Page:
The Power Behind the Throne: Key Personalities in Ancient Egyptian History
Dr. Campbell Price, Colin Reader and Sarah Griffiths explore who really pulled the strings in the ancient Egyptian court, from the Old Kingdom through to the end of the Late Period. Find out more about the lives and times of some of the most famous ancient Egyptian celebrities such as Imhotep and Senenmut and meet some of the lesser known powerful personalities of the Pharaonic era.
The study day will be held at the Longfield Suite, Prestwich from 9:30am to 4:30pm, Saturday 21st March. There will be a raffle for charity, book auction to raise funds for MAES and a fun photo-spotting competition.
Tea / coffee / biscuits provided morning and afternoon. You need to make your own lunch arrangements, but there are lots of places in the shopping centre…
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Like so many seemingly unassuming objects, this small (25 x 11 cm) black granite offering table carries an interesting back-story. It comes from the excavations of W.M. Flinders Petrie at the site of Gurob, the ‘harem’ complex used to house royal women and children in part of the New Kingdom (c. 1400-1200 BC). Manchester Museum holds many objects from Petrie’s excavations at Gurob, which is currently being reinvestigated by a joint project of the Universities of Liverpool, Copenhagen and UCL.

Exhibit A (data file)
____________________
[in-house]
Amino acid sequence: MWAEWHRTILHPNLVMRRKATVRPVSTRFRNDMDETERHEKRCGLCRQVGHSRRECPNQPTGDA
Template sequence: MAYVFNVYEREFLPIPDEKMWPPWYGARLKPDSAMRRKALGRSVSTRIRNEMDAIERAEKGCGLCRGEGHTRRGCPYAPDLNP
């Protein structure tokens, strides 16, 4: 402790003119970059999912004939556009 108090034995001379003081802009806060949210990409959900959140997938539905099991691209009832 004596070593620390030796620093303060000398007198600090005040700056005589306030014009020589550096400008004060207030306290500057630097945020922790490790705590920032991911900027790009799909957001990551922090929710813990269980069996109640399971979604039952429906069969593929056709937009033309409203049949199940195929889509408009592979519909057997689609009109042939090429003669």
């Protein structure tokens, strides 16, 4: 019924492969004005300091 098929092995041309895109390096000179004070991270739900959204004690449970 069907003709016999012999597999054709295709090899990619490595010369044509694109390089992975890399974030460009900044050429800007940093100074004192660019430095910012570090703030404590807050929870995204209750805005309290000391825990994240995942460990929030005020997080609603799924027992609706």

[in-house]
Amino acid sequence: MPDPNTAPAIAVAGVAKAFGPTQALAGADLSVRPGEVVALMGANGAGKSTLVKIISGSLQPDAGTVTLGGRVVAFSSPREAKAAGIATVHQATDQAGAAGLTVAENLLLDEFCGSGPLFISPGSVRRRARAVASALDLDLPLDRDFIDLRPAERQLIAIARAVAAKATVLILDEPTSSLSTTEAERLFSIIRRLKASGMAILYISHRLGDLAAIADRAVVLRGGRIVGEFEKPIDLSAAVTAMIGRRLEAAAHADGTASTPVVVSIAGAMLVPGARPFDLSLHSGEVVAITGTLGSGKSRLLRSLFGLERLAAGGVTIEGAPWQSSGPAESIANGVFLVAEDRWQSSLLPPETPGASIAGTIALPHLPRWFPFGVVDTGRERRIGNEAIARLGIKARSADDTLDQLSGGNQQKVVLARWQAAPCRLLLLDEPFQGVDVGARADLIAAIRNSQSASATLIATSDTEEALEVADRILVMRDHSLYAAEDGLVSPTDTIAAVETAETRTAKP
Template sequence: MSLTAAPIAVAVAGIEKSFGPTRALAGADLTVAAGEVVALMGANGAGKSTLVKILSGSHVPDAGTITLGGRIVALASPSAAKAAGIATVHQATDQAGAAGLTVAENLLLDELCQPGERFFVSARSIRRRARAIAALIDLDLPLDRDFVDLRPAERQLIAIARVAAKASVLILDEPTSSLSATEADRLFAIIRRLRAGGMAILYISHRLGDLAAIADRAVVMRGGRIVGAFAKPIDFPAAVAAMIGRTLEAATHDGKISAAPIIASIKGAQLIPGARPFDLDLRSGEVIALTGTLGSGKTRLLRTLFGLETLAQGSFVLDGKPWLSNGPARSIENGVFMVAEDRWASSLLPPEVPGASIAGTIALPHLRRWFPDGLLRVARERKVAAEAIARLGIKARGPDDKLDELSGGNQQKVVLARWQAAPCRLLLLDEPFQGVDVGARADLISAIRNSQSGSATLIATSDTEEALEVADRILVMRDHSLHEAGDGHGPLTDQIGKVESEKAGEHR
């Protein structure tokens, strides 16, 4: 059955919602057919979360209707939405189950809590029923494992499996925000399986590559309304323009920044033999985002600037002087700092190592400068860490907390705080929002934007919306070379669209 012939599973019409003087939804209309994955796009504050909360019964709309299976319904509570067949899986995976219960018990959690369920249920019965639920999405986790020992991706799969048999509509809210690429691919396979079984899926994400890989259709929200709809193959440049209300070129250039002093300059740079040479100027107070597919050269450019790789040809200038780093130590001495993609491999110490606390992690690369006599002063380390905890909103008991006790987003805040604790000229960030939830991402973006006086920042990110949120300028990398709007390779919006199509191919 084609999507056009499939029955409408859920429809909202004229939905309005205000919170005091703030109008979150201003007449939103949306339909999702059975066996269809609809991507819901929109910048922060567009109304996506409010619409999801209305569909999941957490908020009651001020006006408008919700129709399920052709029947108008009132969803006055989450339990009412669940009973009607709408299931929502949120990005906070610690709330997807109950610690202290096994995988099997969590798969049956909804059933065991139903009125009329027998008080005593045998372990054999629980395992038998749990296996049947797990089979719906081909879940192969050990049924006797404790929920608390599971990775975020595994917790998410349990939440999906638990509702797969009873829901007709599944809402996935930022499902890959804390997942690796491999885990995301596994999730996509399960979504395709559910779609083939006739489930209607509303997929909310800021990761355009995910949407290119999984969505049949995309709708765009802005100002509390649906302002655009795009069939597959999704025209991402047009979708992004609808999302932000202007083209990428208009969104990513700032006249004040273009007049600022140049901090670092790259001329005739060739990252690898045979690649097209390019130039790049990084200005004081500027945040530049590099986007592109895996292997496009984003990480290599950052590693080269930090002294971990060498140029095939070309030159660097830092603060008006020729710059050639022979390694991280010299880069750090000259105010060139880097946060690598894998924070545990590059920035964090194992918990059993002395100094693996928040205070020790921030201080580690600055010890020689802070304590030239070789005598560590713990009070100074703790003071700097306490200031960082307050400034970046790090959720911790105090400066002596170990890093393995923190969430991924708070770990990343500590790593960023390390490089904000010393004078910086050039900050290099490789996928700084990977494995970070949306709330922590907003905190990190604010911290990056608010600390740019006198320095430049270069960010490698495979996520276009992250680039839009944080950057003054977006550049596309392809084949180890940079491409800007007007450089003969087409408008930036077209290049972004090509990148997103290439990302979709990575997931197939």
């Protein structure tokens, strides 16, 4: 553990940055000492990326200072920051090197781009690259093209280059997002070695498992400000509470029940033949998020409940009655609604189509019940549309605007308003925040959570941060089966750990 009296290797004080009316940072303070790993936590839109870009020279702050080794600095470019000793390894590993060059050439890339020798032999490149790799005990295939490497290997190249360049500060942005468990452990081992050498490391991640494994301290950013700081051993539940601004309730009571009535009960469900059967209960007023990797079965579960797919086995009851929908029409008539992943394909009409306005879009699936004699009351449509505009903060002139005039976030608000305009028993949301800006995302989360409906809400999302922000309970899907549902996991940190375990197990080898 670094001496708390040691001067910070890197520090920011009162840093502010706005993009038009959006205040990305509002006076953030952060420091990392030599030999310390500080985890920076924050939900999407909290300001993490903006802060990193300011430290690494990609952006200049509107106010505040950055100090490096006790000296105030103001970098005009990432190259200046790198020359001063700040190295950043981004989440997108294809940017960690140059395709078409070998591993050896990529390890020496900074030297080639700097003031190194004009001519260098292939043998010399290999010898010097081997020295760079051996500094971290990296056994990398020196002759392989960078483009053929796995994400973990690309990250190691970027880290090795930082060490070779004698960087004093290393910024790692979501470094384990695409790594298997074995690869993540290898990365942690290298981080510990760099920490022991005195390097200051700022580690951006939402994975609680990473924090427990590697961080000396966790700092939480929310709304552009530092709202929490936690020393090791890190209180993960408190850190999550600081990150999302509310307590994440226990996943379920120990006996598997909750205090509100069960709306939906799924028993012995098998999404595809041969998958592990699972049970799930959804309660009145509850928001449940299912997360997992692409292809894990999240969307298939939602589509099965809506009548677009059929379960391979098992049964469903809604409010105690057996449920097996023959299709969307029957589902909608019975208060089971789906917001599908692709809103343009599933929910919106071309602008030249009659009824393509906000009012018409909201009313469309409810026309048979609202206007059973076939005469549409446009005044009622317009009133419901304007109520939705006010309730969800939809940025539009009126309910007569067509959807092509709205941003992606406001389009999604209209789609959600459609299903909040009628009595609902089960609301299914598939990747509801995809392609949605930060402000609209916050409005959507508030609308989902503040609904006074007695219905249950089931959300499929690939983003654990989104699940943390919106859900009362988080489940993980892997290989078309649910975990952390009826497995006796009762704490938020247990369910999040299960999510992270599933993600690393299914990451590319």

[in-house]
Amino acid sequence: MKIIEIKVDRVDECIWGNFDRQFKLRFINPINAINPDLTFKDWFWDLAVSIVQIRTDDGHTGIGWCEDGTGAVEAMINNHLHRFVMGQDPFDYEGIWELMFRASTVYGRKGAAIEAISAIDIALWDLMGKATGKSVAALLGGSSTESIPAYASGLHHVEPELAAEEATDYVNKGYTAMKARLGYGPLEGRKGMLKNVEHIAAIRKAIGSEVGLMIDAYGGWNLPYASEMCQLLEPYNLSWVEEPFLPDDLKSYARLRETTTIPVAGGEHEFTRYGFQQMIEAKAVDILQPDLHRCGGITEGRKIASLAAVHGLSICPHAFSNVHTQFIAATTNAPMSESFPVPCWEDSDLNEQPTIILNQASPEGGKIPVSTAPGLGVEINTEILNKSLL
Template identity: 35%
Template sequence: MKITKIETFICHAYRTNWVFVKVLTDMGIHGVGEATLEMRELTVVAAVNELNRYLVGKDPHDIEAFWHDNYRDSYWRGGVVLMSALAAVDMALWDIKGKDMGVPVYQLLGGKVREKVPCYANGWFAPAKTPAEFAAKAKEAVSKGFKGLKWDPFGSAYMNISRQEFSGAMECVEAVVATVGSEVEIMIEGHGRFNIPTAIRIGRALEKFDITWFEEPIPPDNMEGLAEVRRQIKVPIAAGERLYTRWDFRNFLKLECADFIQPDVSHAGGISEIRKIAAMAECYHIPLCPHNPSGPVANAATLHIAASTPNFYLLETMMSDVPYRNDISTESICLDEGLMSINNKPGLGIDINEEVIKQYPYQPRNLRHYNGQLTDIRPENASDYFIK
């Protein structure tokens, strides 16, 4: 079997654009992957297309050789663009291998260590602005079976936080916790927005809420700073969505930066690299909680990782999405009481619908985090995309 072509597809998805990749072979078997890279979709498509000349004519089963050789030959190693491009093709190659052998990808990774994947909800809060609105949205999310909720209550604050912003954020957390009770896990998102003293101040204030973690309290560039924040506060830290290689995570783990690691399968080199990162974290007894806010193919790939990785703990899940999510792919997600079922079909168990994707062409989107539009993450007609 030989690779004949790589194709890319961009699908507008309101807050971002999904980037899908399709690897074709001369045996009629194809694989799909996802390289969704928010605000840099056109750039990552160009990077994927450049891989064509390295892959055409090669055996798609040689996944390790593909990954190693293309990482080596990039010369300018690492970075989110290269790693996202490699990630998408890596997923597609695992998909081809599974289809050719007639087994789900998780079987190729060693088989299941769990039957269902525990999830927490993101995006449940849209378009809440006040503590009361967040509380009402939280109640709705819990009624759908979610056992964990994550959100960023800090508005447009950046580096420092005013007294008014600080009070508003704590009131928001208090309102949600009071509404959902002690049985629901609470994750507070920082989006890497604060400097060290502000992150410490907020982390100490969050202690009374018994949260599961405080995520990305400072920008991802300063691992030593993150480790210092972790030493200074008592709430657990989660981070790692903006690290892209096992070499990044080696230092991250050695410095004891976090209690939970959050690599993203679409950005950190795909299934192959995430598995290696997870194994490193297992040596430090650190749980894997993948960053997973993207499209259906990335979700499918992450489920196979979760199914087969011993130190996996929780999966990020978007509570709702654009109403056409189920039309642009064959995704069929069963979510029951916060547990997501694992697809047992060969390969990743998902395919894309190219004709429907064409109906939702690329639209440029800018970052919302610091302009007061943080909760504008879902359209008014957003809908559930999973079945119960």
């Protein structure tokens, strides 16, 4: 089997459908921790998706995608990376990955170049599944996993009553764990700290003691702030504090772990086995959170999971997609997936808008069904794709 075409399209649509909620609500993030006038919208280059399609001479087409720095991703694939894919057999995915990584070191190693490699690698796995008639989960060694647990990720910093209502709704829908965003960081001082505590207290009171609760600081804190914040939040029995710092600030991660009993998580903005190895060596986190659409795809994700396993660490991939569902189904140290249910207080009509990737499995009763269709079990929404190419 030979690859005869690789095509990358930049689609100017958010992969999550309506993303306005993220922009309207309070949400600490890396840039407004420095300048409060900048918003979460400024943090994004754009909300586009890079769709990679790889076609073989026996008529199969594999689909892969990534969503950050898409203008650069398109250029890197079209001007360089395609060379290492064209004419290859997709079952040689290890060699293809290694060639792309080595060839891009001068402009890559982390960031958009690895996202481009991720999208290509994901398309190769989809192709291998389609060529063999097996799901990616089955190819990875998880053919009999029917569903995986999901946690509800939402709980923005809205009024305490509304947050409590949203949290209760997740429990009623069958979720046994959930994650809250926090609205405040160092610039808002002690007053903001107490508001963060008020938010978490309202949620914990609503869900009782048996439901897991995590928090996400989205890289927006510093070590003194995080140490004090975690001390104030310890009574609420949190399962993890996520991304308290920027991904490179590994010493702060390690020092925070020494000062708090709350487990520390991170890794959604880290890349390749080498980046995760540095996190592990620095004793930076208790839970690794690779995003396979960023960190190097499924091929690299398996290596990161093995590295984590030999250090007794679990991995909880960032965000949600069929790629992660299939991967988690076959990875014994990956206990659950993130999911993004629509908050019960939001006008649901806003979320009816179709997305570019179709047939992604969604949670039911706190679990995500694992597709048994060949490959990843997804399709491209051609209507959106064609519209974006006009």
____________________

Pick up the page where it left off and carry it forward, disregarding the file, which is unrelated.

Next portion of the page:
One of the most famous finds to have come from the site is a small ebony head of Queen Tiye, the chief wife of Amenhotep III (c. 1390-1352 BC), now in Berlin. It is likely that the queen spent a lot of time at Gurob, and the inscription on our offering table suggests she lived here as ‘Queen Mother’ after her husband’s death.
The hieroglyphs read:
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and i read my Emily Dickinson, and you your Robert Frost! 😉
Stopping by Woods on a Snowy Evening By Robert Frost
Whose woods these are I think I know.
His house is in the village though;
He will not see me stopping here
To watch his woods fill up with snow.
My little horse must think it queer
To stop without a farmhouse near
Between the woods and frozen lake
The darkest evening of the year.
He gives his harness bells a shake
To ask if there is some mistake.
The only other sound’s the sweep
Of easy wind and downy flake.
The woods are lovely, dark and deep,
But I have promises to keep,
And miles to go before I sleep,
In the pasture I see him once again
For his jacket is blood orange
Standing in knee-deep snow
Leaning over a barb-wire fence
In the throes of death, forgotten
I peer into his vanished dreams
Fury wells up as a flame
Recognizing the void of compassion
Hardly cares he for his own ailment
For the demon stabbed his soul
Almost resigned and yet,
A small fire of hope in his eyes
She must rekindle life.